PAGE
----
Jewish World Review June 10, 2004 / 21 Sivan, 5764
Glenn H. Reynolds
How long should people live?
How long should people live? Randall Parker's FuturePundit blog has an interesting post and discussion on aging research. The discussion revolves around an argument by Cambridge University's Aubrey de Grey that political reluctance is a major barrier to research that could extend human life substantially, or even reverse aging.
I'm not in a position to opine on the likelihood that aging will prove to be reversible. But it's certainly the case that research into such matters is showing real promise, and it would seem to me that a lot of people would welcome it.
There are certainly lots of people spending money on products that purport (sometimes truthfully, sometimes not) to reverse specific effects of aging now: cosmetics, plastic surgery, minoxidil, viagra, estrogen and testosterone patches, etc. And although a few bluenoses sniff at such efforts to hold back the clock, it's pretty obvious that an awful lot of people feel otherwise, and are willing to prove it with cash.
So you'd think that with this kind of market, pharmaceutical companies would be lining up to fund research on aging. But, in general, the kind of basic research that Aubrey de Grey is talking about stuff with 10-20 year lead times isn't what pharmaceutical companies like to fund. The payback is just too distant. Such research is usually funded by governments, or by private foundations.
So why shouldn't governments be happy to fund this sort of research? Most voters would be happy to live longer, healthier lives, and presumably they'd be grateful to the politicians who made that possible or even the politicians who promised to make it possible. If the promise of a government-funded retirement in our old age is supposed to earn our votes, the promise of an extra twenty or thirty years of youth in place of that old age ought to do the same.
But I think that de Grey is right that there would be considerable political opposition to that sort of research. And I can just hear it: There are already too many people on this planet why keep them around longer?
There are, of course, limits to how many people the planet can hold. But the big issue facing many countries nowadays is underpopulation, not overpopulation. And birthrates have a much bigger impact on population growth than life expectancies anyway.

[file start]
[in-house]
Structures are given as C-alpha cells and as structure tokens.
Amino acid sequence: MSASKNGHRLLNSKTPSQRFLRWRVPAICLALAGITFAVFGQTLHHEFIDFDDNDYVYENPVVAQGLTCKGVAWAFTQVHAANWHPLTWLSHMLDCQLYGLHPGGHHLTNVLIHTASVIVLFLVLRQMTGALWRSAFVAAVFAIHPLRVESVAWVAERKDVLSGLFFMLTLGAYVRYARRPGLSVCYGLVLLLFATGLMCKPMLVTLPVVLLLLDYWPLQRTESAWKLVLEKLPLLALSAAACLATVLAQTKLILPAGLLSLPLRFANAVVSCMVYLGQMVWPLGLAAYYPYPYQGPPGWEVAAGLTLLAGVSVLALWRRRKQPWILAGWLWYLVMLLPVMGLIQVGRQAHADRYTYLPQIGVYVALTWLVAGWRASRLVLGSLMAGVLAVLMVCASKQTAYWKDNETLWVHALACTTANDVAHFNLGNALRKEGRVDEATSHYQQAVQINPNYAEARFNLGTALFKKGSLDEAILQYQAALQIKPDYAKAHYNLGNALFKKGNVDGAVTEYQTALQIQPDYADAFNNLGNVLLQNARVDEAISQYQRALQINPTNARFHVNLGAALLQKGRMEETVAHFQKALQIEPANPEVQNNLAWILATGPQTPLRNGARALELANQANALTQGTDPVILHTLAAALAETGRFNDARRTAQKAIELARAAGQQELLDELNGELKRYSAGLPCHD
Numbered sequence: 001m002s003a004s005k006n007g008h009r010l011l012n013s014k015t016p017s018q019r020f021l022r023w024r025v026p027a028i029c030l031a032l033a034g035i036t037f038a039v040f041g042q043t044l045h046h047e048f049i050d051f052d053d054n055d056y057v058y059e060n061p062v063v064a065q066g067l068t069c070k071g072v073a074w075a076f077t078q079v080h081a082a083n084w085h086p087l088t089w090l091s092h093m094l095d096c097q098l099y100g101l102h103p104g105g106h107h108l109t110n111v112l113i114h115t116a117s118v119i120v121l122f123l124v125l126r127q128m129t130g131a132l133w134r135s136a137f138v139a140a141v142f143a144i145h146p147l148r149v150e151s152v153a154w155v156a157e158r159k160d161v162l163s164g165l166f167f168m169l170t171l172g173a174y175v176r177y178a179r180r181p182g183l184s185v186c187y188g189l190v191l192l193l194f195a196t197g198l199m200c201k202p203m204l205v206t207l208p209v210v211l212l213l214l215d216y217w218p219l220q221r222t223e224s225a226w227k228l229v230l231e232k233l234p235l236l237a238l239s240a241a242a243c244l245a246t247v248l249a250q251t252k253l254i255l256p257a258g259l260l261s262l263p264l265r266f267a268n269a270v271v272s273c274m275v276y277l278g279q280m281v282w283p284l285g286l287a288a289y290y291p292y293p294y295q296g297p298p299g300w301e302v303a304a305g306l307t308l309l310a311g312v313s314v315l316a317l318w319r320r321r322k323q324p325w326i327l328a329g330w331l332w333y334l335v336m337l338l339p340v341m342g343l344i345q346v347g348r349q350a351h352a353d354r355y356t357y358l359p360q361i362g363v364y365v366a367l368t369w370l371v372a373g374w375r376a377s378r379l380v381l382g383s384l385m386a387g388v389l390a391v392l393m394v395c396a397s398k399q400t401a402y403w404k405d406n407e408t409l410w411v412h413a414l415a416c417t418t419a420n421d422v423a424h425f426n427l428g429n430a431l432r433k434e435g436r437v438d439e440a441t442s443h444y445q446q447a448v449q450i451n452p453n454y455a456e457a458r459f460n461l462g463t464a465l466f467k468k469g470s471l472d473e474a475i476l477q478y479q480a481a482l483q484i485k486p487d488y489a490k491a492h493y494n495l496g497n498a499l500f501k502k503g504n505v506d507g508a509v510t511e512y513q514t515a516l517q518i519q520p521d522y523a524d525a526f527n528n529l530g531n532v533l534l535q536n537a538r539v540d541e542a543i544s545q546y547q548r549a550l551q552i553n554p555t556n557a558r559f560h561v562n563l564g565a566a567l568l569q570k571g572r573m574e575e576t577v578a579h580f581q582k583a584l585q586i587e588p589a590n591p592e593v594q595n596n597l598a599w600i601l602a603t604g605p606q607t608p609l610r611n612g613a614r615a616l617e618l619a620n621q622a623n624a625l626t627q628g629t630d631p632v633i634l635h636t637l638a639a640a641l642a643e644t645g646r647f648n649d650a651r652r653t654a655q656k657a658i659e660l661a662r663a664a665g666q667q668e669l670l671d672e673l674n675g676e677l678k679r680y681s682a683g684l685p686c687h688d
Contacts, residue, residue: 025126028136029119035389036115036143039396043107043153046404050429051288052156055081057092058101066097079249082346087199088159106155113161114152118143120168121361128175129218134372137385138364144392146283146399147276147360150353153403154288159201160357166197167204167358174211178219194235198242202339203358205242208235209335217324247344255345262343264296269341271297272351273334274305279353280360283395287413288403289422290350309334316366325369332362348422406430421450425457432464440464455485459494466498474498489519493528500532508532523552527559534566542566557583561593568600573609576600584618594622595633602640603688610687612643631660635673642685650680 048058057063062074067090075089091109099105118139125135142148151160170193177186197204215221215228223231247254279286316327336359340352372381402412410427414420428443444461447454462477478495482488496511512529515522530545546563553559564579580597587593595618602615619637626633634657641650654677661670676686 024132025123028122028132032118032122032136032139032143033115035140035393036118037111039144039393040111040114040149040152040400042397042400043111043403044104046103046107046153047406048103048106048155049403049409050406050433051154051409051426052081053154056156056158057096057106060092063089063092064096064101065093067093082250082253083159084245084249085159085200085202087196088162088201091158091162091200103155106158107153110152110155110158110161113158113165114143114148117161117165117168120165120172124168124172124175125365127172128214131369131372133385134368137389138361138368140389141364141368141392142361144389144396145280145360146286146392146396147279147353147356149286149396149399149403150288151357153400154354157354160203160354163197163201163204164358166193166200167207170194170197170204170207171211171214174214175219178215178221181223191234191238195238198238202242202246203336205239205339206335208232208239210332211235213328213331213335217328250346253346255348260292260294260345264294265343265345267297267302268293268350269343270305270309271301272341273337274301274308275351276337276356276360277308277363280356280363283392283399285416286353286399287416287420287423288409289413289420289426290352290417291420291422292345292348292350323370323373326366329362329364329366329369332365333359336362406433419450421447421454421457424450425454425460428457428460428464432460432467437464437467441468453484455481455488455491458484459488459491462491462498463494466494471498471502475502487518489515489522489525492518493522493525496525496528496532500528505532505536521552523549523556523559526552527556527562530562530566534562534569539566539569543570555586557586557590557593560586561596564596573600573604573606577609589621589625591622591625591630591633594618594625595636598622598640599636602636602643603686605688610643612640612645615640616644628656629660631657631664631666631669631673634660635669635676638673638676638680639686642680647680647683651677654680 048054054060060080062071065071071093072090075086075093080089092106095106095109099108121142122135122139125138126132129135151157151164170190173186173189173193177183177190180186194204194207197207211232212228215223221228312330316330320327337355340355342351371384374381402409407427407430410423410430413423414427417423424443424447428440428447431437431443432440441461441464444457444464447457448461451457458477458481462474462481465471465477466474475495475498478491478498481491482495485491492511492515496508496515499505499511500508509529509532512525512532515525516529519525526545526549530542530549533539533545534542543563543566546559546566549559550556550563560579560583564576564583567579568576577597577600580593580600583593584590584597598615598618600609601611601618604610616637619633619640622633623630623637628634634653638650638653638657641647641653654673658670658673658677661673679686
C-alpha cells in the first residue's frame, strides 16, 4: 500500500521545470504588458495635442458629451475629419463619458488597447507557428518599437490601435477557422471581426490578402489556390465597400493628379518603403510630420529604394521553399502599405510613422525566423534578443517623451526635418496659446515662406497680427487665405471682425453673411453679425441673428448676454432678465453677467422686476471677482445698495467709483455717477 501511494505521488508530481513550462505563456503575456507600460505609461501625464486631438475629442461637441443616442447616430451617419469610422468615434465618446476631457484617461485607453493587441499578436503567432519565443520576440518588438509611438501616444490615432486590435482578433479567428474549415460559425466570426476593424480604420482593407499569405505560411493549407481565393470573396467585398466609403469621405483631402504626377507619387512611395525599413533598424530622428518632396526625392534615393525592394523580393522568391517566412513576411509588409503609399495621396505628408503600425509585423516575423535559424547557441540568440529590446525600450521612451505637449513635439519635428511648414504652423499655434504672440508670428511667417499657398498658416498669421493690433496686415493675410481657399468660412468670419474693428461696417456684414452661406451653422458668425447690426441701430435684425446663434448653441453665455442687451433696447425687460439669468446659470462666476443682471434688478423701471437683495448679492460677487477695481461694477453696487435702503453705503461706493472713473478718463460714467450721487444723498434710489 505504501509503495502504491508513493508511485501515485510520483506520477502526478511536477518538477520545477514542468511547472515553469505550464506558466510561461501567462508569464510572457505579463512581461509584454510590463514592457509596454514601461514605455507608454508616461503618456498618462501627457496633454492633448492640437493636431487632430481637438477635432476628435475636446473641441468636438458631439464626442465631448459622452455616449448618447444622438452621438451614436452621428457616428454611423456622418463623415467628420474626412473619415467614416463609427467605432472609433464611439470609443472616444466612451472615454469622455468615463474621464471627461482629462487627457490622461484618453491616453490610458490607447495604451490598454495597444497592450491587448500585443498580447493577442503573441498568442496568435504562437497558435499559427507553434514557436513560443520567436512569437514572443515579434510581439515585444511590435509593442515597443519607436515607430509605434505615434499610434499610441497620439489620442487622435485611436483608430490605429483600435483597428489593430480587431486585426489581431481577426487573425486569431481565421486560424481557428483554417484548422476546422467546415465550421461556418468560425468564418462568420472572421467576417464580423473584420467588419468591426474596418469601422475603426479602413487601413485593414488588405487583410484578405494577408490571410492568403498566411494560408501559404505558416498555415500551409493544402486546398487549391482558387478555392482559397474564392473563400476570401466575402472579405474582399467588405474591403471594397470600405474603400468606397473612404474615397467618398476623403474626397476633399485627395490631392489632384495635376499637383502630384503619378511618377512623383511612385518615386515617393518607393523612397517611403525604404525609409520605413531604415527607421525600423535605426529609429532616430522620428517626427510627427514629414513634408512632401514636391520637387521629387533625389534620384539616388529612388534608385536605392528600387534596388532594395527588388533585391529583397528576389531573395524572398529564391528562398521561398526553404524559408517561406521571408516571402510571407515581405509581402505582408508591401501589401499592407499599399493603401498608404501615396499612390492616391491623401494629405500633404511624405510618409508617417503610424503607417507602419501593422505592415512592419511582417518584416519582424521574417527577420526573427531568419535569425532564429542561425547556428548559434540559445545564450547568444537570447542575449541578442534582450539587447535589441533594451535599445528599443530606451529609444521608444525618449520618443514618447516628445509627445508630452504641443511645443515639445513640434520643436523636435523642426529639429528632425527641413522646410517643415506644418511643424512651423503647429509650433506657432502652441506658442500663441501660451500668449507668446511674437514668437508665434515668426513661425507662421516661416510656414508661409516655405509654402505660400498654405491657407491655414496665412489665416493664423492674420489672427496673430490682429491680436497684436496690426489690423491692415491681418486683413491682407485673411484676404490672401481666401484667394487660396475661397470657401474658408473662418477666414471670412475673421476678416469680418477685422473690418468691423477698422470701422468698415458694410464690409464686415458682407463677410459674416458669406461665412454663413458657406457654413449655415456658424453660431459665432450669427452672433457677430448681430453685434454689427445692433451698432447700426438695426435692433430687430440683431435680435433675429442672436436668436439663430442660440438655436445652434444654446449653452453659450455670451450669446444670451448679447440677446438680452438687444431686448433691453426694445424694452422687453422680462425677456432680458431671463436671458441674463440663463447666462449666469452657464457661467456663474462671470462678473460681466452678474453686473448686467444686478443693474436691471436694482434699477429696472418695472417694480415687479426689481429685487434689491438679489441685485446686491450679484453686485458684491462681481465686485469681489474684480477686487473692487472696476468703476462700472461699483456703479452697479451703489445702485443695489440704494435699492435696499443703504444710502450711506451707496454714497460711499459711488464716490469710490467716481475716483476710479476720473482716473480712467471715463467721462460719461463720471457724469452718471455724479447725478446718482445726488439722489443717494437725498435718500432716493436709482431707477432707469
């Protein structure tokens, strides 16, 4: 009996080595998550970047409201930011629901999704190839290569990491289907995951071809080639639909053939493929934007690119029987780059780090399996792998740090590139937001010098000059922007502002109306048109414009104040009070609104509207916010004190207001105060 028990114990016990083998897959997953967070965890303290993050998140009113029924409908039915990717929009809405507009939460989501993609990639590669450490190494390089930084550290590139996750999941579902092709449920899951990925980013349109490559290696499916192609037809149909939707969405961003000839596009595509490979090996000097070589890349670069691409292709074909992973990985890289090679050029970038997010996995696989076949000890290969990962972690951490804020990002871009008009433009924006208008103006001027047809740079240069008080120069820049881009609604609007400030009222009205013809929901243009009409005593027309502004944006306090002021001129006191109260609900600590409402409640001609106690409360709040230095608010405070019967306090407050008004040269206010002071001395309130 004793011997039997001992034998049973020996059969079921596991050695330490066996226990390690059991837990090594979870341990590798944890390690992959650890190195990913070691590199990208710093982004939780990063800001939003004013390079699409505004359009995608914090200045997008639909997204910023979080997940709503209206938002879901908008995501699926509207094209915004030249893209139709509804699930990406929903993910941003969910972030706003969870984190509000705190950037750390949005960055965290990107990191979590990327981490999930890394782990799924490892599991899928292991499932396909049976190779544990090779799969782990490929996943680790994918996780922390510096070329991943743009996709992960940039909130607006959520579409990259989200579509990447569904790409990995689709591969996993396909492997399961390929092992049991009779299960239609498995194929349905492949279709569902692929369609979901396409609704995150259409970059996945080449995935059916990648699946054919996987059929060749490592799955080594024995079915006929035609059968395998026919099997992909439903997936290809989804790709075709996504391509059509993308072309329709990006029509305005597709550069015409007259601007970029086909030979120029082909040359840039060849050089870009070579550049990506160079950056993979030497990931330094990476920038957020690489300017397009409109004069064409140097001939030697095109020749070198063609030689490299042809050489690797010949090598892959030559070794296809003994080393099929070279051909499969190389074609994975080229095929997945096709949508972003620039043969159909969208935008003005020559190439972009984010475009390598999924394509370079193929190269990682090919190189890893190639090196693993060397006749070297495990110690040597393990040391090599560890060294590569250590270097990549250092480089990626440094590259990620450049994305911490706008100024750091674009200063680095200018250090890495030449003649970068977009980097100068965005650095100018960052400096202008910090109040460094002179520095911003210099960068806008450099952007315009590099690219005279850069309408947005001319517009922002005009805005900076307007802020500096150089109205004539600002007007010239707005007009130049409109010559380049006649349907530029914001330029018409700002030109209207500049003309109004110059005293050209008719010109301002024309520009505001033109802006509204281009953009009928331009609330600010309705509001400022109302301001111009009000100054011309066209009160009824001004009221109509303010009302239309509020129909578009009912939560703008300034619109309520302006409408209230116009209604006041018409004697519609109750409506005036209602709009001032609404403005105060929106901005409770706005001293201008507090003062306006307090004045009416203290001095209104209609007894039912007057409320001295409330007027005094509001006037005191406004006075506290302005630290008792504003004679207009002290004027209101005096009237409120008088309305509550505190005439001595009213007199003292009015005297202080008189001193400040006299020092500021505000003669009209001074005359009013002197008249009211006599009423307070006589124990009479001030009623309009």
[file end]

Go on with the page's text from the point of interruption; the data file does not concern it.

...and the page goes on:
I can't help but think that much of the opposition to longer lives has to do with the idea that human beings are somehow bad, and that death is somehow good. (You often see the same sort of objections, often from the same people, when space colonization is discussed, notwithstanding the obvious contradictions involved). This can come from traditional religious notions of original sin, or from New-Agey notions of humanity's innate unworthiness to occupy a beautiful planet. Such views are, I'm sure, fairly widespread. Couple these with the not-very-positive mythology of longevity, from Dr. Faustus to the story of the Wandering Jew, and you've got plenty of room for the willies.
I guess that I just don't feel that way. I've watched people I love age and die, and it wasn't "beautiful and natural." It sucked. Aging is a disease. Cataracts and liver spots don't bring moral enlightenment or spiritual transcendence. Death may be natural but so are smallpox, rape, and athlete's foot. "Natural" isn't the same as "good."
As far as I'm concerned, I'd rather see my tax dollars spent on longevity research than, well, most of the other things they're spent on. I wonder how many other people feel that way.
JWR contributor Glenn Harlan Reynolds is a law professor at the University of Tennessee whose work has appeared in the New York Times, Washington Post, Washington Times, Los Angeles Times, and Wall Street Journal, among others. He created and writes for the influential Instapundit website. Comment by clicking here.
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© 2003, Glenn Harlan Reynolds